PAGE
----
Global variables???

This is a discussion on Global variables??? within the C Programming forums, part of the General Programming Boards category; Hi, Probably a silly question but I am currently working on a program which contains two particular functions. they are ...

  1. #1
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    Global variables???

    Hi,

    Probably a silly question but I am currently working on a program which contains two particular functions. they are both called from main().
    function one is declared in one source file and the other function is declared in another source file.
    Now both of the fuctions use a variable identifier (an int). The value of this identifier is established in the first function and is used in the second function. where should declare this variable in the program so that it may be used by both functions?
    I hope I have made my problem clear enough for you guys to help!

  2. #2
    Slave MadCow257's Avatar
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    You could declare it in a header file included by both source files

  3. #3
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    Why not return this value from function 1, and pass it to function 2?
    Code:
    int main(void)
    {
       int ret = function1();
       function2(ret);
    
       ...

  4. #4
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    Thanks for the help. I returned a value from the first function to the second like you said but I'm getting a "constant expression required" error. Any idea what this could mean?

  5. #5
    and the hat of wrongness Salem's Avatar
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    > Any idea what this could mean?
    Yeah, post your code so we can tell you exactly what you did wrong.

  6. #6
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    Ok so heres the function from which I'm returning the value. It is a switch-case function for the value of an i/p portD on a microcontroller. it prints the appropriate result on an LCD and returns this value to main(). Following this piece of code is the code from the main() which calls the function:

    Code:
    
    #define A_1  	110
    #define As_1  	116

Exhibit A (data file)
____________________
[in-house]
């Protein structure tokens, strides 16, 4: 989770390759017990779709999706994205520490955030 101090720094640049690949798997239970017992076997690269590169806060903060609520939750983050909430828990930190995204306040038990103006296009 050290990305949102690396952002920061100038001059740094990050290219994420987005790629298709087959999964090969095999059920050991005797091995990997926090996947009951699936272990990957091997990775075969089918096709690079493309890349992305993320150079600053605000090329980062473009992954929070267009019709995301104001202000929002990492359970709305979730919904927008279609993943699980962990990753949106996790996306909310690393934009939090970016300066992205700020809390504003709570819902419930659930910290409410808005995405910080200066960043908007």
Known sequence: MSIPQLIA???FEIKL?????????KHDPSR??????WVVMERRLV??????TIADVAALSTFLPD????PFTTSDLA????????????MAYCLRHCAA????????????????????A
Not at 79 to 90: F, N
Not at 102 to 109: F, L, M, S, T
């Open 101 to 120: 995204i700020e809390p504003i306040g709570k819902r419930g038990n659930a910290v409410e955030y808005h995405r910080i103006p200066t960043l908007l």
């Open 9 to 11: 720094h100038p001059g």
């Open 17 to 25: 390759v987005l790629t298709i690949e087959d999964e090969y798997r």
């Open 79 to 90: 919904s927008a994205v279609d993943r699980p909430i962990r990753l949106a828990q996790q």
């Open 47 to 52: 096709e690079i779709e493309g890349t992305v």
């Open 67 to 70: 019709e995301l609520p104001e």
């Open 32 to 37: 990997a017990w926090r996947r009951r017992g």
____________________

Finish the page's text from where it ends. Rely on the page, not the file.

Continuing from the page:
#define B_1  	123
    #define C_1  	130
    #define Cs_1  	138
    #define D_1  	147
    #define Ds_1  	145
    #define E_1  	165
    #define F_1  	175
    #define Fs_1 	185
    #define G_1  	196
    #define Gs_1  	207
    
    int print_value_1(void)
    {
    	while(!RD7){}/////WAIT UNTIL BUTTON IS PRESSED////////////
    	
    	RD7 = 0;
       switch( PORTD ) 
       {
         case 0b01000001: lcd_puts("A"); return A_1;
         break;
         case 0b00100001: lcd_puts("A#"); return As_1;
         break;
         case 0b00010001: lcd_puts("B");  return B_1;
         break;
         case 0b01000010: lcd_puts("C"); return  C_1;
         break;
         case 0b00100010: lcd_puts("C#"); return  Cs_1;
         break;
         case 0b00010010: lcd_puts("D"); return  D_1;
         break;
         case 0b01000100: lcd_puts("D#"); return  Ds_1;
         break;
         case 0b00100100: lcd_puts("E"); return  E_1;
         break;
         case 0b00010100: lcd_puts("F"); return  F_1;
         break;
         case 0b01001000: lcd_puts("F#"); return  Fs_1;
         break;
         case 0b00101000: lcd_puts("G"); return  G_1;
         break;
         case 0b00011000: lcd_puts("G#"); return  Gs_1;
         break;
         
        } 
    } //end of print_value
    
    ////////////////////////////// //////////////////////////
    int main()
    {
    print_value_1();
    int ret1 = print_value_1();
    }

  7. #7
    and the hat of wrongness Salem's Avatar
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    > case 0b01000001: lcd_puts("A"); return A_1;
    Unless your compiler supports binary constants, this is an error.

    > print_value_1();
    > int ret1 = print_value_1();
    Seems to me like you're calling the function twice.
    Did you mean for the first one to be a prototype, a declaration or a call?
    C doesn't support mixed declarations and statements, so unless the first is a prototype/declaration then the int is out of place.
    int ret;
    // more code
    ret1 = print_value_1();

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